OAH Chief Judge Mary Oates Walker, sparks controversy
UPDATE: 15 judges in the D.C.'s Office of Administrative Hearings have come out against Chief Judge Mary Oates Walker after ABC7 ran two stories on how Walker does not actually hear any cases, and how Walker’s OAH granted a project to the husband of the agency’s General Counsel, Kiyo Oden..
“We write to express deep reservations about Chief Judge Mary Oates-Walker of the Office of Administrative Hearings (OAH) following an ABC News report that our agency’s relocation logistics contract went to a company owned by the husband of our General Counsel, Kiyo Oden. The resulting appearance of impropriety is especially concerning because Ms. Oden is a friend of the Chief Judge, and the Chief Judge has testified repeatedly in oversight hearings that she (the Chief) supervised the entire relocation project, which, according to ABC News, was not competitively bid,” according to a confidential letter from the judges addressed to the Chairman of the Committee on Public Safety and the Judiciary, Phil Mendelson.
Take a look at the full letter below.
It may seem strange: If you wanted to appeal a decision by the district, you would come to the Office of Administrative Hearings—though, getting your case heard by the Chief Judge there is unlikely.
Though Mary Oates Walker, the Chief Judge in the Office of Administrative Hearings, does not actually hear any cases, she did just get more than a $10,000 raise, ABC7 has learned.
“I believe when you're a judge, and especially a chief judge, you need to hold yourself to a higher standard. And I don't think that has happened here at all,” said Dorothy Brizill, a government watch dog.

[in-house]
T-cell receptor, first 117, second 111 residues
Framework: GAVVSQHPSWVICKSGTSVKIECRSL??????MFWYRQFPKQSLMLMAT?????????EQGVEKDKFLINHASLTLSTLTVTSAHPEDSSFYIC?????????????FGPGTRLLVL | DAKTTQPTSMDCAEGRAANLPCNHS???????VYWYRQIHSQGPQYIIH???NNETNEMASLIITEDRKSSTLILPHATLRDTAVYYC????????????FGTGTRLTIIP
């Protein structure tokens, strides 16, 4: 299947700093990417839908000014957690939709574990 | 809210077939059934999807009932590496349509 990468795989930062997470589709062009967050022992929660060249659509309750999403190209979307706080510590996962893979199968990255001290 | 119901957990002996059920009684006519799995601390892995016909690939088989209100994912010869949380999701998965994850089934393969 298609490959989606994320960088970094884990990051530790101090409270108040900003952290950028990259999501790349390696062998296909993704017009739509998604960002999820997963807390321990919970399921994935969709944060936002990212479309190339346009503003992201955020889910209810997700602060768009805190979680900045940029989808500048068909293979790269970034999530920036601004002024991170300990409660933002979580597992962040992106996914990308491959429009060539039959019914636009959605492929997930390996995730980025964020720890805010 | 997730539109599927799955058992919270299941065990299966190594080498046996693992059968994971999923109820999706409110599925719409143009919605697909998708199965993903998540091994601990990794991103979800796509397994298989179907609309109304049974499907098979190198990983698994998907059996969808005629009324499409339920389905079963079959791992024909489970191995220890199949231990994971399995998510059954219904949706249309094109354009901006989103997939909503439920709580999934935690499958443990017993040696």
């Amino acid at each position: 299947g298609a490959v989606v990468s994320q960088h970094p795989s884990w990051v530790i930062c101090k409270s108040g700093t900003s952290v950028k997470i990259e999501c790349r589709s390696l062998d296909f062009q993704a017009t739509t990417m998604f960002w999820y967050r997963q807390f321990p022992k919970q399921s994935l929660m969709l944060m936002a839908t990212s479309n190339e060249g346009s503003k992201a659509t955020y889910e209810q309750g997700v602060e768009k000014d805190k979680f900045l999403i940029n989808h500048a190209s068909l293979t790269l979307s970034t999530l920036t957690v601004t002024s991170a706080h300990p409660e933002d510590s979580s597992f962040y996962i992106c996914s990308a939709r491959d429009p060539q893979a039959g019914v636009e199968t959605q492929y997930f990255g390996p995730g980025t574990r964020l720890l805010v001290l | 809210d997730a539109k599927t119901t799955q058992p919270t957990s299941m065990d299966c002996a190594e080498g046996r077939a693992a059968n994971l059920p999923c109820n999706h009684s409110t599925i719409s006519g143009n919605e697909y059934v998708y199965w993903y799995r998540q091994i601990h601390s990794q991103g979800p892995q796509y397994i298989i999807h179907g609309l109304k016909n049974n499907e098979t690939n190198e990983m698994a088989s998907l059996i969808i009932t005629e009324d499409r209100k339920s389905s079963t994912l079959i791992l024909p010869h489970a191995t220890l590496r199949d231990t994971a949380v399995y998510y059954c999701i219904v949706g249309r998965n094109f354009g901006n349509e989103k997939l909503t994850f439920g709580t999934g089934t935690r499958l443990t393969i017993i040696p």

The honorable Mary Oates Walker said in a statement via a spokesperson, that “[hearing cases] is not one of the mandatory responsibilities of the position by law. The mandated responsibility…is to supervise the operation of the [agency].”
But, when ABC7 called half a dozen courts in the area, all of their chief judges said that they hear cases.
“It is a waste of taxpayer money,” said Theresa Foreman, a D.C. taxpayer.
It might surprise you to learn that Walker, the head of a D.C. agency, had never actually been a judge—let alone a chief judge—before Mayor Adrian Fenty appointed her one in 2009. Prior to that, she had served on a couple of regulatory boards, but never wrote a single decision at either. So how did she get here?
“That was at a time when Mayor Fenty was appointing people who were friends of his, friends of his wife,” Brizill said.
Sources within the agency say Walker's husband and Fenty were indeed friends. OAH would not comment on the relationship, saying the mayor and council did their due diligence during the nomination process. But the couple donated to the mayor’s campaign and at one point, they were even neighbors.
Some may say, however, that this is the way Washington works.
“The old saying it’s not how much you know, it’s who you know in this town,” said D.C. taxpayer Ronald Nickens.
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